Asking questions about the buyer's business is a fundamental part of any sales call. It shows that you're not just there to sell something; you're there to solve a problem or fulfill a need. By asking questions, you're gathering the information you need to tailor your pitch to the buyer's specific situation. This step is about discovery. It's your chance to learn about the buyer's challenges, goals, and priorities. It's a chance to understand the context in which your product or service could be used and to identify the key drivers that will influence the buyer's decision. It's also about engagement. By asking questions, you're inviting the buyer to participate in the conversation. You're giving them a voice and showing that you value their input. This can increase their investment in the conversation and their interest in what you have to say. Furthermore, the questions you ask can demonstrate your expertise and insight. They can show that you understand the industry and the common challenges that businesses face. They can position you as a consultant and advisor, not just a salesperson.

Give you a demo / walk you through our process
A demo or walkthrough is a tangible demonstration of your offering's value. It's a chance to show, not just tell, what you can do for the buyer. This step is about making the abstract concrete. It's about giving the buyer a clear, visual understanding of how your product or service works and what it can do for them. It's also about personalization. By tailoring the demo or walkthrough to the buyer's expressed needs and interests, you're showing that you've been listening and that you understand what they're looking for. This can make the demonstration more impactful and memorable. Additionally, this step is interactive. It's a chance for the buyer to see the product or service in action and to ask questions in real-time. This interaction can be a powerful way to build rapport and to address any concerns or objections that the buyer might have. It's also an opportunity to highlight the features and benefits that are most relevant to the buyer, making the value proposition even more compelling.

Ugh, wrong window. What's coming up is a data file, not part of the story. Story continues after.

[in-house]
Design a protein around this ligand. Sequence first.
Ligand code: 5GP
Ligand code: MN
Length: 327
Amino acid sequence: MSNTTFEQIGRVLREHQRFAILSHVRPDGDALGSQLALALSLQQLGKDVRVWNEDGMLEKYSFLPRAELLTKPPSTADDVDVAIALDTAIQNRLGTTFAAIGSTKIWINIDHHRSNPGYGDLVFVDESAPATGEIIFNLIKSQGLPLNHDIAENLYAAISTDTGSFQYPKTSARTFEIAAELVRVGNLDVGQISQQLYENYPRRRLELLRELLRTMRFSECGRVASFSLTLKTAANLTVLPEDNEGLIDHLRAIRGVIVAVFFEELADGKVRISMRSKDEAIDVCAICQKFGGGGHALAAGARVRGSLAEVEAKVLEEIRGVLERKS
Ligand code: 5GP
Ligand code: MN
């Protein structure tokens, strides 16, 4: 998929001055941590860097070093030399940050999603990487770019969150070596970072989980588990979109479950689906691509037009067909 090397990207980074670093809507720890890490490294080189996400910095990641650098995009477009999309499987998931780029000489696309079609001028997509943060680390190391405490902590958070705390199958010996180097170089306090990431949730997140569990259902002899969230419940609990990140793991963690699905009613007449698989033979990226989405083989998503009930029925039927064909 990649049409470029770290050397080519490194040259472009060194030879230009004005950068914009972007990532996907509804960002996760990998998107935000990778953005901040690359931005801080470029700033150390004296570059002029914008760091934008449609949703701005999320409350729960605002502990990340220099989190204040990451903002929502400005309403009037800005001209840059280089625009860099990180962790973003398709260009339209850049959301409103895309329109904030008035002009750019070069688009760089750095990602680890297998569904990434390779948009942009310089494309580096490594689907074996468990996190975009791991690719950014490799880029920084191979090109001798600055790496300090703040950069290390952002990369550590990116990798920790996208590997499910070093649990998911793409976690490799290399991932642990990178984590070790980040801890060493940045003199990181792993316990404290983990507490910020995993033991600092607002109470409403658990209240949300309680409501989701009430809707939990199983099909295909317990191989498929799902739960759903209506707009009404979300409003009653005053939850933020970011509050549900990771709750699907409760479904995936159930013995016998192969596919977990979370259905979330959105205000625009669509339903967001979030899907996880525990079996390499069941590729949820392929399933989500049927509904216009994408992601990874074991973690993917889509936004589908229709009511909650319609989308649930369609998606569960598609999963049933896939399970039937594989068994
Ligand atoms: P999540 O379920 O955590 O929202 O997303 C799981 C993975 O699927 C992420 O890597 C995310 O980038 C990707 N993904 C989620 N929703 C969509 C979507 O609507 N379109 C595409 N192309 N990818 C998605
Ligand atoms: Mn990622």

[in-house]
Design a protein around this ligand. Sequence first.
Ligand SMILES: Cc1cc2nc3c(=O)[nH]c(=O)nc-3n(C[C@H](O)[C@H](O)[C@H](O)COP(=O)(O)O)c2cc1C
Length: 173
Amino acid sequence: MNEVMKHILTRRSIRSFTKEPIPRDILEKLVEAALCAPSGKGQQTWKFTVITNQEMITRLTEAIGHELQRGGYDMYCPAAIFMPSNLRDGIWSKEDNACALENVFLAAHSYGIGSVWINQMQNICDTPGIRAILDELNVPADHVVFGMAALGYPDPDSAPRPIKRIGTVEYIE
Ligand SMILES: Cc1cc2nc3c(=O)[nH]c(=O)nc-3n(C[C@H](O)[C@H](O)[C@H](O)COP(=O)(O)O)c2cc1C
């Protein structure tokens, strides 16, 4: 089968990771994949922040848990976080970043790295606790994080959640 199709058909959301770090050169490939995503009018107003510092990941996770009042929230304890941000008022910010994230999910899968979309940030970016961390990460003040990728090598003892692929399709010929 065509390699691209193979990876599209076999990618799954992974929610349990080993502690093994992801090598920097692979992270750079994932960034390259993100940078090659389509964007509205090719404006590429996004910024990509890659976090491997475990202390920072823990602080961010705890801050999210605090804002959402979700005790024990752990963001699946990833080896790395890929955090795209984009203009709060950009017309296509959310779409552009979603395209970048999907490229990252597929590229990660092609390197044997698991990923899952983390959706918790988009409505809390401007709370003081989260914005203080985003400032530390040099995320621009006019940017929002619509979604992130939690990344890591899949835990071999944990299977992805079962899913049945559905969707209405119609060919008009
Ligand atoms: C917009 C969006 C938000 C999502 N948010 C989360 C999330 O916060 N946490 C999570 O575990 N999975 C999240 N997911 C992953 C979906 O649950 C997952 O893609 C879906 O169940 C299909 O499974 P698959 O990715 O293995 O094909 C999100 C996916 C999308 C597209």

Then we can decide whether we should keep talking
This statement is about mutual qualification. It's a recognition that not every call will lead to a sale, and that's okay. By framing the conversation as a mutual decision, you're showing respect for the buyer's autonomy and judgment. This approach can reduce the pressure that buyers often feel during sales calls, making them more open and receptive to what you

have to say. It's also a statement of confidence. It shows that you believe in the value of your offering and that you're looking for a good fit, not just a quick sale. This can increase the buyer's trust in you and in your product or service. Furthermore, this step sets the stage for a natural progression of the conversation. It's a transition point that moves the call from exploration to decision-making. It's a chance to summarize what's been discussed, to reinforce the key points, and to outline the next steps if both parties agree to move forward.

Ask: Does that sound good?